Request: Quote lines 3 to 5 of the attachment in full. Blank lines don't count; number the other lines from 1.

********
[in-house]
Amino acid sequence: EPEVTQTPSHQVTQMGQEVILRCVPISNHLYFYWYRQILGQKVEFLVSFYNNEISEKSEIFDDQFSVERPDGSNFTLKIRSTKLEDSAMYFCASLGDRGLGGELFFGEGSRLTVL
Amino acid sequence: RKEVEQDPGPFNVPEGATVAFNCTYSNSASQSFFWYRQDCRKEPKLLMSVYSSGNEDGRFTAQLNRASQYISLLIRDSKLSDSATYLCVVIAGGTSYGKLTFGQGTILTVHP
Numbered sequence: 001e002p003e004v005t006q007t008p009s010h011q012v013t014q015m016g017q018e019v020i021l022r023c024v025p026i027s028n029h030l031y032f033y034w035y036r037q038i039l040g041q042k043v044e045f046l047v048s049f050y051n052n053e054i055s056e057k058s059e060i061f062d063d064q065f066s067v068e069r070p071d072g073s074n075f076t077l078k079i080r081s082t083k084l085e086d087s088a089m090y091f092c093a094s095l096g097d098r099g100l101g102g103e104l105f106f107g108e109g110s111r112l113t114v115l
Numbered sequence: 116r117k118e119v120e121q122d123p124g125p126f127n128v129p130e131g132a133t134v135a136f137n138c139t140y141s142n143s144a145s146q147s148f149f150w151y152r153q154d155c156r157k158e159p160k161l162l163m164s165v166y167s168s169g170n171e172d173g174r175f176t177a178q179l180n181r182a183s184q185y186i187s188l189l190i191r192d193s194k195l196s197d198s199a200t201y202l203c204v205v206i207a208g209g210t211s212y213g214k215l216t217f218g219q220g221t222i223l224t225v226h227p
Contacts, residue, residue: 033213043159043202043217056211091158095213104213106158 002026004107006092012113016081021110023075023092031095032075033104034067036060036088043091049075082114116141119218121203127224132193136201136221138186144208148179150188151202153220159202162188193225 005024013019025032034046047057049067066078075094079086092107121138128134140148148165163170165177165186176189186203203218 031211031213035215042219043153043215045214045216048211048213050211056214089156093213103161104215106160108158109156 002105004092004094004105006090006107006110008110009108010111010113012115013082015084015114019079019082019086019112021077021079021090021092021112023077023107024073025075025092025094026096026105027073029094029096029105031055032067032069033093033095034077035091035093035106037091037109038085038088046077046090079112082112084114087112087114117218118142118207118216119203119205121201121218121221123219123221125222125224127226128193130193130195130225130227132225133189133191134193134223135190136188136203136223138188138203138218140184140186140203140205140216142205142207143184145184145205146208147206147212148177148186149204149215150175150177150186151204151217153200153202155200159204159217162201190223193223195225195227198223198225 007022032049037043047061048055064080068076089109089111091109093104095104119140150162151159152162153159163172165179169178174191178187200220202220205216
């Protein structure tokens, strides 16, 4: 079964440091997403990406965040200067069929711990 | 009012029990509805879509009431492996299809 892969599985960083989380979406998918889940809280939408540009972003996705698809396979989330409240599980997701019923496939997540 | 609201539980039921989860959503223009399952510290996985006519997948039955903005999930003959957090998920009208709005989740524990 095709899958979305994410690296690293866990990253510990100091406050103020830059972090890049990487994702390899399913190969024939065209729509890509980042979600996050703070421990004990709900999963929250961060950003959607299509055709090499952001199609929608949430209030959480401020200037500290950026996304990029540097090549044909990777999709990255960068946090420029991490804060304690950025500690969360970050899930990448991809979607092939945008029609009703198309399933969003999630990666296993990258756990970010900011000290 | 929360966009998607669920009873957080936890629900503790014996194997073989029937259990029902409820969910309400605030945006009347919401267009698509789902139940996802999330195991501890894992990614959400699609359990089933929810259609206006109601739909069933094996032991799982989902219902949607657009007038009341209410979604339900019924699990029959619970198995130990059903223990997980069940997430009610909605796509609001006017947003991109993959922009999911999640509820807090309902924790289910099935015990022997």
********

Amino acid sequence: RKEVEQDPGPFNVPEGATVAFNCTYSNSASQSFFWYRQDCRKEPKLLMSVYSSGNEDGRFTAQLNRASQYISLLIRDSKLSDSATYLCVVIAGGTSYGKLTFGQGTILTVHP
Numbered sequence: 001e002p003e004v005t006q007t008p009s010h011q012v013t014q015m016g017q018e019v020i021l022r023c024v025p026i027s028n029h030l031y032f033y034w035y036r037q038i039l040g041q042k043v044e045f046l047v048s049f050y051n052n053e054i055s056e057k058s059e060i061f062d063d064q065f066s067v068e069r070p071d072g073s074n075f076t077l078k079i080r081s082t083k084l085e086d087s088a089m090y091f092c093a094s095l096g097d098r099g100l101g102g103e104l105f106f107g108e109g110s111r112l113t114v115l
Numbered sequence: 116r117k118e119v120e121q122d123p124g125p126f127n128v129p130e131g132a133t134v135a136f137n138c139t140y141s142n143s144a145s146q147s148f149f150w151y152r153q154d155c156r157k158e159p160k161l162l163m164s165v166y167s168s169g170n171e172d173g174r175f176t177a178q179l180n181r182a183s184q185y186i187s188l189l190i191r192d193s194k195l196s197d198s199a200t201y202l203c204v205v206i207a208g209g210t211s212y213g214k215l216t217f218g219q220g221t222i223l224t225v226h227p